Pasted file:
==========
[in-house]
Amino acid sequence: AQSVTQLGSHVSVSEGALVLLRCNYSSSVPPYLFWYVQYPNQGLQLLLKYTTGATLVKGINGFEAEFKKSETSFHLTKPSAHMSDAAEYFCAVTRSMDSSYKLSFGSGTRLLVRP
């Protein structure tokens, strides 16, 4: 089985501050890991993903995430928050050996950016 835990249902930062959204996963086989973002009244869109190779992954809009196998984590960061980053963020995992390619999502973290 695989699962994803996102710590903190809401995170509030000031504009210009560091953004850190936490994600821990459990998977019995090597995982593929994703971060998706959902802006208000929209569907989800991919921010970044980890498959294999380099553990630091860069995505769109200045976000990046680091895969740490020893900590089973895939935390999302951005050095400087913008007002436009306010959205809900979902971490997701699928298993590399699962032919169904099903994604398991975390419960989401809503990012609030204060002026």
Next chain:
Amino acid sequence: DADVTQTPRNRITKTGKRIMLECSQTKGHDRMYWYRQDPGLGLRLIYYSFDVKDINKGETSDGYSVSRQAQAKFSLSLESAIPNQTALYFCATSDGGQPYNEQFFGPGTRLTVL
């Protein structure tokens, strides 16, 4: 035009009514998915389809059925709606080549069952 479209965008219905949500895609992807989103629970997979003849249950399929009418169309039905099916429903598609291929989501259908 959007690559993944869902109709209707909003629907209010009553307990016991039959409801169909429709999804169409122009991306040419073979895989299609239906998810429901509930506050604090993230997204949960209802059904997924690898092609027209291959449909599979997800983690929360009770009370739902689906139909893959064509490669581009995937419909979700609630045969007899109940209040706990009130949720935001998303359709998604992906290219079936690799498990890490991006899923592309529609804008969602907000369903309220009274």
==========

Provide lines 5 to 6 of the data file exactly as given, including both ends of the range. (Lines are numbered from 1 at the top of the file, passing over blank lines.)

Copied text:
Amino acid sequence: DADVTQTPRNRITKTGKRIMLECSQTKGHDRMYWYRQDPGLGLRLIYYSFDVKDINKGETSDGYSVSRQAQAKFSLSLESAIPNQTALYFCATSDGGQPYNEQFFGPGTRLTVL
């Protein structure tokens, strides 16, 4: 035009009514998915389809059925709606080549069952 479209965008219905949500895609992807989103629970997979003849249950399929009418169309039905099916429903598609291929989501259908 959007690559993944869902109709209707909003629907209010009553307990016991039959409801169909429709999804169409122009991306040419073979895989299609239906998810429901509930506050604090993230997204949960209802059904997924690898092609027209291959449909599979997800983690929360009770009370739902689906139909893959064509490669581009995937419909979700609630045969007899109940209040706990009130949720935001998303359709998604992906290219079936690799498990890490991006899923592309529609804008969602907000369903309220009274």